Tuesday, March 08, 2011

Feminism and Judaism – A Double Edged Sword

I get her point. Rebbetzin Tziporah Heller, a world renowned author, columnist, teacher, and lecturer on Jewish studies has written an essay at Aish.com that is highly critical of feminism and opens her essay with the following:

Three decades of feminism have left women with a new version of the quip: If you're so liberated, why aren't you happy?

Her basic thesis is that modern feminism created a society in which women's contributions are largely unrecognized. It’s not that she yearns for the pre feminist ideal of ‘the happy homemaker’. Not at all. She is just as critical of ‘June Cleaver’ as she is of the modern feminist. Her ideal of a Jewish woman is summarized at the end of Mishlei (31:10) that many of us sing on Friday nights before Kiddush – Eishes Chayil. As she puts it:

There we see qualities such as wisdom, courage, creativity, business acumen, and the profound insight to recognize how to relate to individuals according to their specific needs.

I suppose her point is that feminism has destroyed the uniqueness of a Jewish woman and devalued her contributions to home and family. Characterizing her role as wife, mother, and homemaker as one of complete ignorance, and stupidity. Her experience with a female census taker in Israel illustrates this quite well:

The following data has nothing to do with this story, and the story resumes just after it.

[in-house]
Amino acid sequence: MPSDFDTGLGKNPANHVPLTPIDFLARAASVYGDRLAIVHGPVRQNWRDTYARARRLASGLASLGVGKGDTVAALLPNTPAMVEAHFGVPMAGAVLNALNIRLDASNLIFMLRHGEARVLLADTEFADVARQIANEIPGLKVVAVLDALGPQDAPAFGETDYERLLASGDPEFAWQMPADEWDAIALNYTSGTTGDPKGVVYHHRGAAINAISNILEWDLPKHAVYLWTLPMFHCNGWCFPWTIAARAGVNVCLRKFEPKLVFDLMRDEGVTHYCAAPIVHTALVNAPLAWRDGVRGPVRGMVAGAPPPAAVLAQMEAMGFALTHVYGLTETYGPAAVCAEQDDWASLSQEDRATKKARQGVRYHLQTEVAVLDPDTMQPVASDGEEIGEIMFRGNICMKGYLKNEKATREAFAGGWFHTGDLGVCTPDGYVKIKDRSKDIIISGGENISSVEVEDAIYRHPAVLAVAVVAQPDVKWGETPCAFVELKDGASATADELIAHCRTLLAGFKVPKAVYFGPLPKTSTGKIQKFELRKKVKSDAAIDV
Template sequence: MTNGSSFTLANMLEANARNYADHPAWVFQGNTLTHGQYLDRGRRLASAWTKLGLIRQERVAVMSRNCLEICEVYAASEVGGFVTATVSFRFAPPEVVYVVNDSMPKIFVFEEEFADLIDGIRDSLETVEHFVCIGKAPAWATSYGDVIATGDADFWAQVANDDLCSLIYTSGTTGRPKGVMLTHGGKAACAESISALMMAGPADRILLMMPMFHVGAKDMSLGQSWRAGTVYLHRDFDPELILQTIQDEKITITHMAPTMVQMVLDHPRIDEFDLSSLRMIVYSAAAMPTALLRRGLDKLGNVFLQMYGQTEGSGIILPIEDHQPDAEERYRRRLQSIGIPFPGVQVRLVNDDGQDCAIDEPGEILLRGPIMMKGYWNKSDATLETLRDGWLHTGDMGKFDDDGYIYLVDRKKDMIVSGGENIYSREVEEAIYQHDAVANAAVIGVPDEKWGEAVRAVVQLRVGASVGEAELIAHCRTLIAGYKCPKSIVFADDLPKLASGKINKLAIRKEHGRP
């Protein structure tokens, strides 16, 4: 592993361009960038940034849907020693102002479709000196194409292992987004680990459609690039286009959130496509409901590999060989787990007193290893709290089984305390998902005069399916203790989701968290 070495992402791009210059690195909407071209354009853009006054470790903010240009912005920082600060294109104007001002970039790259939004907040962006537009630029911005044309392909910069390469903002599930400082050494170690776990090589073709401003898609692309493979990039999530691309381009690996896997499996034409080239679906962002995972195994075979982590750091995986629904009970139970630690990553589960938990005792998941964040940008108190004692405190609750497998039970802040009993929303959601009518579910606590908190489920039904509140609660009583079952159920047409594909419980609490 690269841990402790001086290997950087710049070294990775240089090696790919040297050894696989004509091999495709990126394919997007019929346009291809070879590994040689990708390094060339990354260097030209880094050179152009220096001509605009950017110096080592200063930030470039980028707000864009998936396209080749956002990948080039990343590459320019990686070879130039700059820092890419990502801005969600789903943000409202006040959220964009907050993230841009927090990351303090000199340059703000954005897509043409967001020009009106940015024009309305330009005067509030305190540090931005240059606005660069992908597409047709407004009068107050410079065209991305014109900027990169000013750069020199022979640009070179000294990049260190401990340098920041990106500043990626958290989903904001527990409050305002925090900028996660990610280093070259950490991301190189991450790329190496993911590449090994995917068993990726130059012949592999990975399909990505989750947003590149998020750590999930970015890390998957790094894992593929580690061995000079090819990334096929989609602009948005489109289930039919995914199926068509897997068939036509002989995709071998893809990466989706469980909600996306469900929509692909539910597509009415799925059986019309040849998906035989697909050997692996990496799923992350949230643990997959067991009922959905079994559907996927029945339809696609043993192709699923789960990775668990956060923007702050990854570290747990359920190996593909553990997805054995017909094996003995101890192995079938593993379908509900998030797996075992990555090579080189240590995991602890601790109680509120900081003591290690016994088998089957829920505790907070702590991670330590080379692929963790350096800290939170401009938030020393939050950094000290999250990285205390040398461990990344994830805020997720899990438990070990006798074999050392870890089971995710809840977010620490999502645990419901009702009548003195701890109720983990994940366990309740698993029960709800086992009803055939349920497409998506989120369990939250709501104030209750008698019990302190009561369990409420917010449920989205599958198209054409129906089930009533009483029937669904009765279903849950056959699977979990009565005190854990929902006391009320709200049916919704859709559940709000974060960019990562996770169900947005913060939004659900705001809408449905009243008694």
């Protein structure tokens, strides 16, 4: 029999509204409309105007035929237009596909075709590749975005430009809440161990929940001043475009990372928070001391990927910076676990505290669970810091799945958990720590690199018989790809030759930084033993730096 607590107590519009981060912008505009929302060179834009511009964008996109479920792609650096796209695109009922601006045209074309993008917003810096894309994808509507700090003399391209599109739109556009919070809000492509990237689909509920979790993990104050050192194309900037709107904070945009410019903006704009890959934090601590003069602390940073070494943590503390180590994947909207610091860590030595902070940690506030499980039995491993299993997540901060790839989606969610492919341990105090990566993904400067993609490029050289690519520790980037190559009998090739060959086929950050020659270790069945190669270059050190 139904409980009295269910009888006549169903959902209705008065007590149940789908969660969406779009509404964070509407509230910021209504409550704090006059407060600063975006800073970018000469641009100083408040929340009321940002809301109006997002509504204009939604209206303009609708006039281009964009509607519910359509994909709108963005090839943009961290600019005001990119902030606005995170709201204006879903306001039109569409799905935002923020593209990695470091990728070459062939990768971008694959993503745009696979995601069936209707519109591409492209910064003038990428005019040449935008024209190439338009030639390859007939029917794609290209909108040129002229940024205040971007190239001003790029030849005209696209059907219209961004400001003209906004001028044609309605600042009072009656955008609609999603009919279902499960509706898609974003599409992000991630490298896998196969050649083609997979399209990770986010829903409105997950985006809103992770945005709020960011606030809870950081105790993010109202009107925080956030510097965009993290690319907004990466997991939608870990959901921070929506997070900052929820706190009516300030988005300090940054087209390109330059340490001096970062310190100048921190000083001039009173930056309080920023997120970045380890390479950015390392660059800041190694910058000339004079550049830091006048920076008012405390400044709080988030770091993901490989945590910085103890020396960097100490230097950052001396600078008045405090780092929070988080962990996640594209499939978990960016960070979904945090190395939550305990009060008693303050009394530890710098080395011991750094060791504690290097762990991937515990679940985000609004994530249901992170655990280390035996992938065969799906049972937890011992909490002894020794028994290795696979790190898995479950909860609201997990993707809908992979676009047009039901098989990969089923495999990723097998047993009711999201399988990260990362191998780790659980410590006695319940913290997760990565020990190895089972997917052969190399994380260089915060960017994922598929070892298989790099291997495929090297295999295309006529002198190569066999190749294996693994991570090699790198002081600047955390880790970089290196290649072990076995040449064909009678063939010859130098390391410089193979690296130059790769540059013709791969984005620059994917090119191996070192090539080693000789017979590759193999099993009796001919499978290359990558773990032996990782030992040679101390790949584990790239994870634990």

Several years ago, the Israeli census taker came to our home. For various reasons I chose not to participate. My children were in school, and the census taker, a woman, found me sitting at the dining room table surrounded by books, looking very professorial. I took time to discuss with her, in Hebrew, my philosophical stance, over a cup of coffee. She was very interested, and left at least respecting my intellectual clarity about my position.

Now, the law requires that anyone refusing to take part in the census must be visited again, so a few weeks later she reappeared. In the meantime, of course, she had interviewed hundreds of people, so she did not recognize me from our previous discussion. This time she saw the Friday morning me. I was surrounded by small children and elbow-deep in challah dough. Surmising my intellectual capacity with a cursory glance at the scene, she pointed at the paper she held and speaking slowly and clearly in beginner's Hebrew said, "This--is--a--census. A--census--is--when--we--count--people. We--want--to--count--ALL--the- people. Sign--this." To her, being a mother and housewife excluded any possibility of my being an intelligent human being.

Apparently that census taker defines a woman only by her career and not by her contributions to her family. I must admit that her condescending attitude took me aback. Has feminsim really created this monster? Are women who chose to stay home and raise their families all seen as having no intelligence?

What a sad commentary on a movement designed to raise the status of a woman - if she can only be judged by her career. Judaism is not about what we do, but who we are. It isn’t about how we make our money that matters – as long as it is done honestly. It is about the content of our character. To have created a mindset where a homemaker is seen as a person of low intelligence is evidence of a serious failure in the movement. Lest anyone say that this is an aberration of recent vintage, I am reminded of a statement by Hillary Clinton made in March of 1992 when her husband was running for President: